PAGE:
The Rising Fitness Industry

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The Rising Fitness Industry

For the last two years Rabi Karki, resident of Kathmandu, has been working out at a fitness centre in Sukhedhara. A regular gym goer, Rabi has seen massive changes in his digestive system, body image, and sleep patterns since then. He has also recommended many of his friends to join a fitness club. Ashlesha Shahi Thakuri from Dhangadhi, who is also a yoga trainer has been practicing yoga for the last three years and has witnessed progressive changes in her overall well-being. She has seen more people practice yoga than ever before in the last few years, but says that many still do not have a clear understanding of what yoga is.

Not only yoga, every segment of the fitness industry has seen huge growth in the last five years. Fitness entrepreneurs say the fitness industry is at its all-time high. This is reflected in the mushrooming of fitness centres and the increasing number of people exercising outdoors. Once COVID happened, it put the brakes on this expanding sector. Raul Moktan, founder of Gymkhana Muay Thai says, “The growth of the fitness centres is at a low point due to the pandemic, but the knowledge of fitness is in an ever-growing stage.”

Not so long-ago fitness was synonymous with having six-pack abs, biceps and lean beach bodies. Gym centres used to be frequented more by young males who wanted to get that ‘perfect’ body. Gradually this has moved towards a more holistic approach to fitness, concentrating more on mental and physical well-being. According to fitness centres, more than fifty percent of their clients are already embracing overall fitness as a way of life. And the industry, which once used to be largely dominated by male members, is seeing the participation of more women.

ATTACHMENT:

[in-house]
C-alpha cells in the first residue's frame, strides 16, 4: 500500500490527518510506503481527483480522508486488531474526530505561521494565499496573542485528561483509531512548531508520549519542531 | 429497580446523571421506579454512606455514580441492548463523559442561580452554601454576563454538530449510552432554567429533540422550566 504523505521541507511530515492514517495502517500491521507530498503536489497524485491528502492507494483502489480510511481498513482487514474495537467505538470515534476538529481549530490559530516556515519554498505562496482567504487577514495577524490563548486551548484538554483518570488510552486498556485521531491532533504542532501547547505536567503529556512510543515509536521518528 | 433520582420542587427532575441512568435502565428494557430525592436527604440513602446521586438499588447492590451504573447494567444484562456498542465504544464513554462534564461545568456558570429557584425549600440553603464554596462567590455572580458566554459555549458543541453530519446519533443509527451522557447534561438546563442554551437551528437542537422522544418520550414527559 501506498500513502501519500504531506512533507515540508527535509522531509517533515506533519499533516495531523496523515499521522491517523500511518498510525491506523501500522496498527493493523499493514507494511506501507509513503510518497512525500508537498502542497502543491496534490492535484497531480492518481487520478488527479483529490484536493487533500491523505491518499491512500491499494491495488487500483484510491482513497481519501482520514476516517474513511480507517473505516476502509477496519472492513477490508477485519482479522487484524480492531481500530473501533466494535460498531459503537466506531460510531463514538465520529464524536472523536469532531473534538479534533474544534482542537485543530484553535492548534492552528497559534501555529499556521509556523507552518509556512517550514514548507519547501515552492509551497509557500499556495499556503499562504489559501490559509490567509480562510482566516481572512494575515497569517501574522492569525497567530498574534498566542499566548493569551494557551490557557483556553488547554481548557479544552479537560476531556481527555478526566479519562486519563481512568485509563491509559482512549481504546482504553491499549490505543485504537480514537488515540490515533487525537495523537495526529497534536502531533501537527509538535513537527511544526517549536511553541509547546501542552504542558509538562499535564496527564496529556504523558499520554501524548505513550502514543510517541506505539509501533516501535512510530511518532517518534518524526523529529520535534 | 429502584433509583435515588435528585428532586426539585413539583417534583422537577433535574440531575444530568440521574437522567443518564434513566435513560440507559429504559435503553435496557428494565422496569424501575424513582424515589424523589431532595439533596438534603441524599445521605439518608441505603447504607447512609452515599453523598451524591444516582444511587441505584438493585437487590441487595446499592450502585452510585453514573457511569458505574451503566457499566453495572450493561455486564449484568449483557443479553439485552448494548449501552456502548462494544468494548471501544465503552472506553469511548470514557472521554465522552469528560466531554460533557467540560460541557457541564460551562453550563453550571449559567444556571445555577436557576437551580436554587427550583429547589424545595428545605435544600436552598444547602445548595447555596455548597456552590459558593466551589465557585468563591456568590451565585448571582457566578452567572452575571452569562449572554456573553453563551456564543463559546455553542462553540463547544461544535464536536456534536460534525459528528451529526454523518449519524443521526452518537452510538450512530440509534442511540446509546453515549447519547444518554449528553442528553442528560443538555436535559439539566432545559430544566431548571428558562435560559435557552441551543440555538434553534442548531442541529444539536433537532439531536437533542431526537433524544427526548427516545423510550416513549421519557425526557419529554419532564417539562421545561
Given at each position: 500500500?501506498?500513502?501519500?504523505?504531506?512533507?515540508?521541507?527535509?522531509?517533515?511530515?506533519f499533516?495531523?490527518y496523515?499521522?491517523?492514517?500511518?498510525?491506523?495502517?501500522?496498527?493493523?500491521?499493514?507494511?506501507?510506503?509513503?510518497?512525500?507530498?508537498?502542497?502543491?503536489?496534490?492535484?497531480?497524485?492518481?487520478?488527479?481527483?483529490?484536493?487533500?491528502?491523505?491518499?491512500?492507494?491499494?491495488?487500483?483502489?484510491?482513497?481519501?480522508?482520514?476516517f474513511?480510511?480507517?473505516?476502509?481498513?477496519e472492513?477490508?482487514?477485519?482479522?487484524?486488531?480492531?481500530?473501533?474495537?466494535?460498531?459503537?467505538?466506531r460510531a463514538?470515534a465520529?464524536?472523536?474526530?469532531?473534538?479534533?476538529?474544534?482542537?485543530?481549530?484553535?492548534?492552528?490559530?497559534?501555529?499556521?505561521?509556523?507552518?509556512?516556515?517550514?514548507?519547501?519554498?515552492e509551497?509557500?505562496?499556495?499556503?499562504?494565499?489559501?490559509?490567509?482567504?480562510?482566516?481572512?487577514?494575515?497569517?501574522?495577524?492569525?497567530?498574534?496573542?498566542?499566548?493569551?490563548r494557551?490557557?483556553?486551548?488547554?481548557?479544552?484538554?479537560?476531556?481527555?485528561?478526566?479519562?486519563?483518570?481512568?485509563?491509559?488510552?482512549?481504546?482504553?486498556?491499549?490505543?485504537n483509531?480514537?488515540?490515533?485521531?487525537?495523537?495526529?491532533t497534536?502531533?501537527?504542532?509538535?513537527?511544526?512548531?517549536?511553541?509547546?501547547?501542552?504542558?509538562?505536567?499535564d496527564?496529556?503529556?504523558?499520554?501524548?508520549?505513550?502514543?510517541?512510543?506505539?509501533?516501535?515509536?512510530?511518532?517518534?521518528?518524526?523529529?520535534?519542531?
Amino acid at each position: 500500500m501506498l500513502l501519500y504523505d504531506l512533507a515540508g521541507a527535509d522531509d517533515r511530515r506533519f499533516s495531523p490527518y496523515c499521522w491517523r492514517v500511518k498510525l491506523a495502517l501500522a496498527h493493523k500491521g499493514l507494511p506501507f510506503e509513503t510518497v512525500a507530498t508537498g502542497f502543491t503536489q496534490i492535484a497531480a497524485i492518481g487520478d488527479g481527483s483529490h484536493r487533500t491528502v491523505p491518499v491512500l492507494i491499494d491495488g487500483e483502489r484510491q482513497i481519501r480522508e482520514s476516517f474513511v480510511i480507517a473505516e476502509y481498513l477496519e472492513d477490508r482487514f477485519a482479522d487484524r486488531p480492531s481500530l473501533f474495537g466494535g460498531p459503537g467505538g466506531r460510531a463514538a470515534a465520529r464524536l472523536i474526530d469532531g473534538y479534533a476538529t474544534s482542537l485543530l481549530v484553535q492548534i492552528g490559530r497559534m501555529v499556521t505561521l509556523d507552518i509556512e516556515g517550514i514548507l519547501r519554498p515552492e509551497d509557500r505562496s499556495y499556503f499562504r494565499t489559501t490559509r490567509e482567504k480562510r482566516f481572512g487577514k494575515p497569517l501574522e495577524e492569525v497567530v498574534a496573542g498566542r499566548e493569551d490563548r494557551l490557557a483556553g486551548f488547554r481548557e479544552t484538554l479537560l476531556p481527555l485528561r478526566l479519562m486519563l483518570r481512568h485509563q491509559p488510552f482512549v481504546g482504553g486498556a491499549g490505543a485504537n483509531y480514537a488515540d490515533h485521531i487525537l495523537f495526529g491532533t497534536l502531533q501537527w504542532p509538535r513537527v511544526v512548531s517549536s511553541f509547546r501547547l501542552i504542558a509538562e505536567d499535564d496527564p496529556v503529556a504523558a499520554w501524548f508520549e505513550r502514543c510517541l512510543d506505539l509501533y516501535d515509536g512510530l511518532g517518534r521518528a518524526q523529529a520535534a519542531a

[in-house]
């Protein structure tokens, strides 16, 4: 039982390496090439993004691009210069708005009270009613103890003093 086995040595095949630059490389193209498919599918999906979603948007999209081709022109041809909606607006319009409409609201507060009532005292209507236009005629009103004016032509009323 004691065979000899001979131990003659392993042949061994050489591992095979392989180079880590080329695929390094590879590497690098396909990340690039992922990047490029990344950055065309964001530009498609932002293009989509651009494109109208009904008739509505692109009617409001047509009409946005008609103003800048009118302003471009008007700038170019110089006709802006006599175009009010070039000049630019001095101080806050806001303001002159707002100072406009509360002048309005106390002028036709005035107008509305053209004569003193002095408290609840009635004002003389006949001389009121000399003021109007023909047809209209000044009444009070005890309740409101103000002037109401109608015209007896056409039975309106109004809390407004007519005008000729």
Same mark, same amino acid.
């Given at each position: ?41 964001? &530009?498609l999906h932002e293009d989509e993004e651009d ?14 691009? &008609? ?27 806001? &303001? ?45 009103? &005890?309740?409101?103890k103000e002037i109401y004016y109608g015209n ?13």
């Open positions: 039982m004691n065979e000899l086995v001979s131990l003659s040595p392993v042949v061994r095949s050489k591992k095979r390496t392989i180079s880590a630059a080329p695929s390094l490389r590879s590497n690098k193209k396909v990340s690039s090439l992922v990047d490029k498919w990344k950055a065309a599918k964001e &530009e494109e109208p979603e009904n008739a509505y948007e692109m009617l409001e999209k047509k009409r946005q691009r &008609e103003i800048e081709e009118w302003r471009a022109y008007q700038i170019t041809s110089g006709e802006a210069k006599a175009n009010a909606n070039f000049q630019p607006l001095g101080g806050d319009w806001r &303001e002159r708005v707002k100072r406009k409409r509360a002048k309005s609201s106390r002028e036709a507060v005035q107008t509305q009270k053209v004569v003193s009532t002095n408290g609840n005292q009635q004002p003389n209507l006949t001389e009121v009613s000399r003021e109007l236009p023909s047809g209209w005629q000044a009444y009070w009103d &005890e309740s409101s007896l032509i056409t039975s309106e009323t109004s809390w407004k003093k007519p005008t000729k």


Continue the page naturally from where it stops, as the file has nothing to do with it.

At present their clients vary from young kids to middle aged people of both genders. The rise is led by various factors, mass media being one of them. Moktan says that the growth of the industry and increase in fitness knowledge has been fueled by access to education and information. Information is just a click away, which has made customers more informed and conscious about their health.

Prasanna Thapa, Manager of Jasmine Fitness and Spa also says that only a handful of people had knowledge about the health benefits of gyms, spas, Zumba when Jasmine Fitness first started out.  Back in 2008, Jasmine Fitness opened its doors with forty-five clients and since then has seen this grow to more than 2500 customers. The last thirteen years has seen the industry grow by huge amounts. “The increasing number of gym clubs proves this. The industry was shaken during the time of the blockade, fuel shortage and recently the pandemic but it carries huge potential for further growth,” he says.

Gyms pop up in one’s mind when one talks about the fitness market. In fact, it covers a large space from fitness centres to gym wear, fitness gadgets, wearables, nutrition supplements, gym equipment among others. Globally, it is a thriving industry worth over 96 billion US dollars. Here in Nepal, we also have premium fitness centres generating an annual revenue of around twenty million.

Impact of COVID
The gym business also experienced its fair share of misfortune because of the pandemic. Fitness centres like Pump, Gymkhana saw a decline in their revenue by more than fifty percent. They had to shut down completely for three months in the first wave and for another two months during the second wave. Fitness club owners mention that even when the business resumed, clients hesitated to come back to the gyms due to the fear of coronavirus.